While UK policies vary, in the USA it's even easier to return goods with their customer-focused approach. Research by Dr King has shown that customers want the process to be easy and often prefer to return in-store rather than through a third party which takes too much time and effort, so it’s likely that the UK will follow the US trend.

 

Online returns

Returns are often easier online as there is no face-to-face interaction where a trained member of staff could delve deeper into the conversation and challenge the customer. However where returns policies are not clear online, or more restrictive, there are more abandoned baskets. So there is a fine balance between encouraging greater genuine purchases and mitigating fraudulent sales. This is an area that Dr King and colleagues are investigating and will be a future event for the Strategic Marketing Forum.

 

What is the future of deshopping?

There are actions retailers can take to counter deshopping. Where the process is a little more complex, such as appointing a dedicated returns staff or checking that the clothing is saleable, the serial returners are less likely to try their luck. Enhanced retail training can also result in a less smooth process as more questions are asked.

Several retailers charge for returns, such as Next which charge £2 and Uniqlo which charge £2.95. The latest is Zara which levy a cost of £1.95 for customers to return goods online, although it’s free if returned in-store. It’s likely other retailers will follow this trend and these small changes may encourage the serial returners to move on and try stores where the process is easier.³

On a societal level, there is the question of fraud and theft. In her research, Dr King advised that these serial returners would never consider shoplifting or other ‘illegal behaviour’ yet their actions are taking goods to use, with the specific intention of not paying, which could be described as a form of fraud or theft.

While the retailers are in competition with each other, none of them want a further increase in deshopping. UK retailers are less likely to share data about their most frequent serial returners and if they did, these types of customers may simply go online.

 

How can retailers address deshopping?

While better staff education for in-store returns along with more complex procedures for online returns will mitigate deshopping, one of the areas retailers should consider is the need for education to reposition this behaviour as being unacceptable. We have seen how previously permitted behaviour, such as smoking in public buildings is no longer acceptable, and we understand the benefit of recycling to reduce landfill.

Perhaps it’s time for a collective campaign by the larger retailers to explain the financial and environmental consequences, before we all pay greater costs due to deshopping.

Here are some steps retailers could take to help deter deshopping:

  • Explain how many items were returned in the previous 12 months.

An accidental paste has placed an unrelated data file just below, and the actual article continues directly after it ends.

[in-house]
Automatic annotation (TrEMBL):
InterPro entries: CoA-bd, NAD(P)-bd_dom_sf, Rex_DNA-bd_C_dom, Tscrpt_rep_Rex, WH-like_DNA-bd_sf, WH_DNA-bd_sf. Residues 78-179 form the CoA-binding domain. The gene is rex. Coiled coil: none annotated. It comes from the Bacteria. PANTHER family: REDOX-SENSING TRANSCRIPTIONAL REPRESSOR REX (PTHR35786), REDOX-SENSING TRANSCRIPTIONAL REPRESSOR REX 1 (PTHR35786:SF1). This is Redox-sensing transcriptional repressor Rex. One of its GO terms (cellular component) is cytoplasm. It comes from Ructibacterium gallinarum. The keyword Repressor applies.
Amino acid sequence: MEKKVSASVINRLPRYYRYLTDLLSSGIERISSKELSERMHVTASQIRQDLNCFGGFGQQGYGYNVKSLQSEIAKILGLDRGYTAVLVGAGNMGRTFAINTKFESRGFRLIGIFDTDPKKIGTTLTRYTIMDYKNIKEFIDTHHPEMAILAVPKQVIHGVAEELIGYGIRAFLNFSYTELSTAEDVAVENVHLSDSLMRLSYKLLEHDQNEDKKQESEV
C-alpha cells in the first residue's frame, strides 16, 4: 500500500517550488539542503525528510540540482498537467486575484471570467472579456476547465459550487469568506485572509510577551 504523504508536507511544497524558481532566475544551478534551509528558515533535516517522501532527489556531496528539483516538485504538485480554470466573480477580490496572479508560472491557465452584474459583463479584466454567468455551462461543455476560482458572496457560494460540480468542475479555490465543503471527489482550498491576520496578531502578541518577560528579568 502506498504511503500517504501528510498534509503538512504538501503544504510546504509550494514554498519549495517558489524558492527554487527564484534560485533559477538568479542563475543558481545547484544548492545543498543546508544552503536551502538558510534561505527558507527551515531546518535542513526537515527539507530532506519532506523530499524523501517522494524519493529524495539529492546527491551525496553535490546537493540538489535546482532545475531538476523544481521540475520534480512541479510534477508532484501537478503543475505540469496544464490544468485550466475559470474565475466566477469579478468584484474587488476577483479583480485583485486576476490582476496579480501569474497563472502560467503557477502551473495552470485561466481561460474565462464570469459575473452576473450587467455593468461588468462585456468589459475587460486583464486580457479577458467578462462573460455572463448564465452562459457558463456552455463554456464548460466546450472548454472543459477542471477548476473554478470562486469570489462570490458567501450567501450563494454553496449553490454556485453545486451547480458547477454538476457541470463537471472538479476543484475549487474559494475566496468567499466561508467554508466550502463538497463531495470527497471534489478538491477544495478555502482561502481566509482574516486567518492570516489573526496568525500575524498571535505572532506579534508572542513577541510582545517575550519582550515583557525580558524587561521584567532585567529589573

• Provide details of why the goods were returned, e.g. ‘changed my mind’.
  • Show images of landfill where goods cannot be reused or repurposed.
  • Encourage influencers working for retailers show examples of repurposing, recycling and reusing clothing.

Notes

1 See The management of deshopping and its effects on service: A mass-market case study

² See PressReader.com - Digital Newspaper & Magazine Subscriptions

³ See https://www.retailgazette.co.uk/blog/2022/05/zara-starts-charging-for-online-returns/ https://www.next.co.uk/terms

 


 

Contributors

Dr Annmarie Hanlon - Senior Lecturer Digital and Social Media Marketing, Director of the Strategic Marketing Forum at Cranfield School of Management. Dr Hanlon is an academic and practitioner in strategic digital marketing and the application of social media for business. Her PhD investigated the benefits and outcomes of social media marketing within organisations for which she was awarded the Mais Scholarship. Originally a graduate in French and Linguistics from University of London, Annmarie studied for the Chartered Institute of Marketing Diploma and won the Worshipful Company of Marketors’ award for the best results worldwide. She gained a Master’s in Business Administration, focusing on marketing planning and achieved a distinction for the Chartered Institute of Marketing’s E-Marketing Award.

Dr Tamira King - Senior Lecturer Strategic Marketing and Sales at Cranfield School of Management.  Tamira has been at Cranfield seven years and she teaches a range of postgraduate modules from Strategic Marketing to Marketing Communications and Retail Omni Channel Management.  She has a Postgraduate Teaching Certificate and is a Fellow of the Academy of Higher Education.  Tamira is experienced in teaching undergraduate and postgraduate modules and post-experience students. Tamira has course management experience and has previously run the MSc in Marketing and MSc Retail Management programmes at Cranfield.  

 

Tags: article, strategic marketing and sales

Cranfield Executive Development